Clawing Out And Staying Alive: The Story Of My Depression
Clawing Out And Staying Alive: The Story Of My Depression

Editor’s Note: This month, that is October 2019, FII’s #MoodOfTheMonth is Mental Health And Well-Being, where we invite various articles narrating people’s experiences of living or living with someone with mental health issues (depression, anxiety, OCD, ADHD). If you’d like to share your story, email us at 

Trigger Warning: Depression, Anxiety

I remember my depression only foggily. Of course, right? I remember lying unmoving on my mattress on the floor for hours, knocked out by a fatigue that seemed to have punched me in the face. I was at zero, spent completely. My mother would hover about me, walking around nervously trying to figure out my ailment. I recall telling her that my head felt heavy. It was at least 100 kilos. I couldn’t lift it any more. I couldn’t get my eyes to look up. On the days that I did look up straight, I felt like I was trapped in a cave. I couldn’t see anything. Is it possible to ‘see’ darkness? Because if you ask, that’s what I would say. I saw darkness. 

The timeline of this period of depression is watery in my head. Was it days, weeks, months? I don’t know. I couldn’t feel anything. I felt like the muscles in my arms and feet had loosened their grip and resigned from their duties. My hair stuck to my scalp. I was oblivious to the sweat building up in my armpits, my inner thighs, the soles of my feet, on my forehead. Where else? I didn’t care. I sat and I slept. In the midst somewhere, I guess I ate. In some of my waking moments, I asked my mother again and again, what did I do before this? How did I make money? Do I have any talents? 

I would hear the doorbell ring like it was ringing in a dream. I knew a few people came in and went out. I don’t remember faces, I don’t remember the answers I gave them when they asked me mundane questions. 

My periods got heavier and heavier. All the vitality and aggression that had drained from all other parts of my body seemed to have congregated in my uterus – the blood kept coming, like an errant tap, for 20 days, 23 days sometimes. I would just clean up, wear a new pad, go back to lying down. Some days, I would dream while half-awake. Flashbacks from a recent break-up, a recent fight, an old embarrassment would rush in and make me so distressed that I would moan loudly. These memories were like open sores on my skin. I had to toss and turn to make them go away. But then too, they would just hang back in the corners of the room. They would come back.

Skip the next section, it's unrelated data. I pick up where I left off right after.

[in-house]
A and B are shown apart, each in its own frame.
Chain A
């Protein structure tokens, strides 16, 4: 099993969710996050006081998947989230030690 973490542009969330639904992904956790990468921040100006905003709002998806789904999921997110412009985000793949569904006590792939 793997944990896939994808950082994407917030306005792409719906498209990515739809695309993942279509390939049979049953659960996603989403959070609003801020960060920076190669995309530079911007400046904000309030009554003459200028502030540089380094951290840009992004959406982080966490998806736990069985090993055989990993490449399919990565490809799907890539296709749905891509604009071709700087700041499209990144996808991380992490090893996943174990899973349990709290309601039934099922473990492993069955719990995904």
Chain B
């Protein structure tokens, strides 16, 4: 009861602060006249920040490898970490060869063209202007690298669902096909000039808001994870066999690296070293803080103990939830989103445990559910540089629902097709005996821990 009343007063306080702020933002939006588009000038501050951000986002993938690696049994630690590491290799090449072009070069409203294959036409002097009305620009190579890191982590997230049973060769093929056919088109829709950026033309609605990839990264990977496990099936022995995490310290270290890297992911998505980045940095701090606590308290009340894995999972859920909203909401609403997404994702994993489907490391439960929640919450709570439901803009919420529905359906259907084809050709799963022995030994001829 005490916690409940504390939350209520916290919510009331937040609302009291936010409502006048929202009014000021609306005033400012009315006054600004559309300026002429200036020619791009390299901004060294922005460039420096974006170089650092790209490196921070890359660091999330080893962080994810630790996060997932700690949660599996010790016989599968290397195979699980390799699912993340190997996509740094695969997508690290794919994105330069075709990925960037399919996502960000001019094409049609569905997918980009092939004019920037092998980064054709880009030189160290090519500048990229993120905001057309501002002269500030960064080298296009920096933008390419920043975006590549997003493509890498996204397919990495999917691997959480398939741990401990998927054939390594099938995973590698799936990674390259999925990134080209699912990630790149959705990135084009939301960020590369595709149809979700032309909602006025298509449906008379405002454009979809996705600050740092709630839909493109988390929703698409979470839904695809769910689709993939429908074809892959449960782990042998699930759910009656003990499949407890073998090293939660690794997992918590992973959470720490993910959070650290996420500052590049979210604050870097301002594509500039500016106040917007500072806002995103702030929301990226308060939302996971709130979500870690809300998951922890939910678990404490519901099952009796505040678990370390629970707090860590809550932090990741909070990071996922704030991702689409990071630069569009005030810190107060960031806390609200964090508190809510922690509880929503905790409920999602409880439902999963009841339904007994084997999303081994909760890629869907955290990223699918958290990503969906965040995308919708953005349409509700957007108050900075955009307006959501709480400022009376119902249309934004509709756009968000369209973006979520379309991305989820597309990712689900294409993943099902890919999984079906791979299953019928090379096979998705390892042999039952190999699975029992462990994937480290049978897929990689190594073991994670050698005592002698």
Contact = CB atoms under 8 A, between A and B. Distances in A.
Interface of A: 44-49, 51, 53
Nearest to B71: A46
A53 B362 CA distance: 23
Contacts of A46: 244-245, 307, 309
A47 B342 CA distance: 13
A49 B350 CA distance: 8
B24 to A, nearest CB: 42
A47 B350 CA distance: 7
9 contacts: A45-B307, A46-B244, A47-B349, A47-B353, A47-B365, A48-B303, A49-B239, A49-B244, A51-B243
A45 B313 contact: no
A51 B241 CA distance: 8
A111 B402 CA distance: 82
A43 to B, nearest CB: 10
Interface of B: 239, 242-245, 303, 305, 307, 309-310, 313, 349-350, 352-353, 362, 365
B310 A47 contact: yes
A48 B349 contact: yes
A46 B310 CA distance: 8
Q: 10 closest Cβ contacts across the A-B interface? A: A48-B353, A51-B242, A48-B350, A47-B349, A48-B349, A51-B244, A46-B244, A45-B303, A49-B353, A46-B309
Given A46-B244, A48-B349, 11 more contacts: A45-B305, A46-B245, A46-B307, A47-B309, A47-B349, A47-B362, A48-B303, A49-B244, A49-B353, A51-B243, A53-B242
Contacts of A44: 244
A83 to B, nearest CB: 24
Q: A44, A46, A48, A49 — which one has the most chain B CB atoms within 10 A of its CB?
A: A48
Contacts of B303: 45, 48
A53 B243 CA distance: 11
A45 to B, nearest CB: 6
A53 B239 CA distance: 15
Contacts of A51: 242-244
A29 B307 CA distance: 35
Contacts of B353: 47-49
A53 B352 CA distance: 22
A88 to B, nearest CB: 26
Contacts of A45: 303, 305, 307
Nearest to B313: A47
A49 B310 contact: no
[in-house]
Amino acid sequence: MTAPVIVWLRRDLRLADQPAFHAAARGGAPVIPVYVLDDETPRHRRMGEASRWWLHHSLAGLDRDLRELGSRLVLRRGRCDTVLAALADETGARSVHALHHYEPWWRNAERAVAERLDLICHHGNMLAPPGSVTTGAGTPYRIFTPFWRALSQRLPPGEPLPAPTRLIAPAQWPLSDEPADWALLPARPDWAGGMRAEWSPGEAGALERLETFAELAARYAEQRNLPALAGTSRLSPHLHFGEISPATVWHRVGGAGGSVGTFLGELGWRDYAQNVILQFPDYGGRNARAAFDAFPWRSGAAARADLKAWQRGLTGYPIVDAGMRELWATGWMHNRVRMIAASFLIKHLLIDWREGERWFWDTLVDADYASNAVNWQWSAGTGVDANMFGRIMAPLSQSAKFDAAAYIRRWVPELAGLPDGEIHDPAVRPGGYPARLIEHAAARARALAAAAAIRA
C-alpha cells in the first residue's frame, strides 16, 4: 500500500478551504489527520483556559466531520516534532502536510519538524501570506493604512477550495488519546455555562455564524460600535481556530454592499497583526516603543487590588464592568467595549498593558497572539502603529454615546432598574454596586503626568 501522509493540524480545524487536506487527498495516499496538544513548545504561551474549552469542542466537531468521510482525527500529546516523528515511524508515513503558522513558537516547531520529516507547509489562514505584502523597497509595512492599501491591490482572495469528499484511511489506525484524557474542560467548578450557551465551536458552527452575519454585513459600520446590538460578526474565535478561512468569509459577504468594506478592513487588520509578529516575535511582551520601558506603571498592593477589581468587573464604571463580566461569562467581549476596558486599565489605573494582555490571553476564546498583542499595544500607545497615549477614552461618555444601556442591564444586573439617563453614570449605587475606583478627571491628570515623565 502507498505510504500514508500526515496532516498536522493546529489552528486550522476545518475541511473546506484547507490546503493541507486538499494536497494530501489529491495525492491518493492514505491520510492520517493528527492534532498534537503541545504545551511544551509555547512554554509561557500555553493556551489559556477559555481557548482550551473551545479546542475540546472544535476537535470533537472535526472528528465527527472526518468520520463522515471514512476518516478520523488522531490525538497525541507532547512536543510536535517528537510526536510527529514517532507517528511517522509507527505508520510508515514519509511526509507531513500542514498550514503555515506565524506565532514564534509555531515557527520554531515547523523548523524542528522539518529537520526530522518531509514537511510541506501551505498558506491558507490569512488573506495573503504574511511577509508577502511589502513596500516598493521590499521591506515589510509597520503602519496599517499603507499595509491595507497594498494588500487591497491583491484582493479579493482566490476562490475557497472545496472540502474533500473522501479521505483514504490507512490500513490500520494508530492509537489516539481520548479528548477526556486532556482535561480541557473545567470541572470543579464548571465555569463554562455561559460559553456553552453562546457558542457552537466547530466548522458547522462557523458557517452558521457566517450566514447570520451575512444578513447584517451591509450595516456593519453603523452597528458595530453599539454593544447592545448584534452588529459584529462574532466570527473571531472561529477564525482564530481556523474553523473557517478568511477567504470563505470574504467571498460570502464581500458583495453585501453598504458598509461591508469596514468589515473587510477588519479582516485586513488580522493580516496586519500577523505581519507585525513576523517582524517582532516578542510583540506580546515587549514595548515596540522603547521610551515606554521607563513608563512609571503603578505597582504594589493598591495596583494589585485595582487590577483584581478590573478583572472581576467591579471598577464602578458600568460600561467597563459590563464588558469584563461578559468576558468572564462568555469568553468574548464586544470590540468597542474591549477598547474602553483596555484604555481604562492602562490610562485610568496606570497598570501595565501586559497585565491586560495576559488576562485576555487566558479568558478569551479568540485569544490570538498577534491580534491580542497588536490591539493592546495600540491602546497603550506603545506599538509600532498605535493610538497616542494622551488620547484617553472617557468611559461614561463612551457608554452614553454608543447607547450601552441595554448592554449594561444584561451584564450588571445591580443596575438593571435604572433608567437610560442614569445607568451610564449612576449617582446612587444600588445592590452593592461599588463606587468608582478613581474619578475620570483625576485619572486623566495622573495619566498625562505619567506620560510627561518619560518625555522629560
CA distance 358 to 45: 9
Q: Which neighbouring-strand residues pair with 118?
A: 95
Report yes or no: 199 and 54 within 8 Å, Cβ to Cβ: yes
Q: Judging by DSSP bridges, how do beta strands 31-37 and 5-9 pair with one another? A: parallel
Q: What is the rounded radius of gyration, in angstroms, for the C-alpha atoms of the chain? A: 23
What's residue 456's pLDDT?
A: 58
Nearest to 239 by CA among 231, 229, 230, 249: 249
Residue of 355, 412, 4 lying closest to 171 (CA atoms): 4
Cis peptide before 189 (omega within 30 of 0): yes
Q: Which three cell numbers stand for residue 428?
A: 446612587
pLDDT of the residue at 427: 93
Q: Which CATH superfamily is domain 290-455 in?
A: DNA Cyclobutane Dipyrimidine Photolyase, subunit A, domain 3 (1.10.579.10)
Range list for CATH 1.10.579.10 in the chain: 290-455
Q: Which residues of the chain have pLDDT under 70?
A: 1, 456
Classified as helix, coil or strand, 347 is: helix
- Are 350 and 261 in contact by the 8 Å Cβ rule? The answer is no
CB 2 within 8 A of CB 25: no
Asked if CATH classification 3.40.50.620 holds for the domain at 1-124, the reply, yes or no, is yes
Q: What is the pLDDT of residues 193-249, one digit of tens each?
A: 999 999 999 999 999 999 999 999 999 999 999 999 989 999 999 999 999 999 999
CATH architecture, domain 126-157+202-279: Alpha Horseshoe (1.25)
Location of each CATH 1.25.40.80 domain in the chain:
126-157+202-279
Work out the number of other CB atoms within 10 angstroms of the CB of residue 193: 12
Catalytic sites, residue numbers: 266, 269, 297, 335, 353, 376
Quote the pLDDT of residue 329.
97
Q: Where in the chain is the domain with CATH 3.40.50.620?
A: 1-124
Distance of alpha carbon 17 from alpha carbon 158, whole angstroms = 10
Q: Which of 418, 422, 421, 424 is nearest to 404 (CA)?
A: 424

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Flashbacks from a recent break-up, a recent fight, an old embarrassment would rush in and make me so distressed that I would moan loudly. These memories were like open sores on my skin. I had to toss and turn to make them go away.

Mornings turned into evenings and then evenings turned into nights. I dreaded the nights. It became way too silent and the ghosts borne by my paranoia would descend on me. It wasn’t hallucination and neither was it delusion – it was like experiencing something in between. All the screaming, beating, crying, begging for help – all that had gone on in my house for years – would seem to ring out again in a muffled repeat broadcast. I would cry to make it stop, I would bury my head into the pillow. There was no shield strong enough. 

For an indeterminate period in my head, I remained so. Truly miserable and truly helpless, stuck in a looping cycle of mental torture. I felt deeply alone and I couldn’t comprehend any words of help. How was it going to end? It is difficult to quantify the tyranny of depression. It is, for some of us, like being abruptly dunked into a silo full of ice water. Everything freezes, everything darkens, everything seems to exist in a vacuum with no past and no future. 

Which is why even today, after 5 odd years, I still marvel at the fact that I could climb out of that silo. I am still gobsmacked by the intensity of that period. I still feel relieved that my mother at least had the language to understand what possibly was going on with me, and of thinking that I needed help. I am still grateful for that one friend who, at the request of my mother, climbed two flights of steps with her fractured foot just to come talk to me and cajole me to meet a doctor she knew.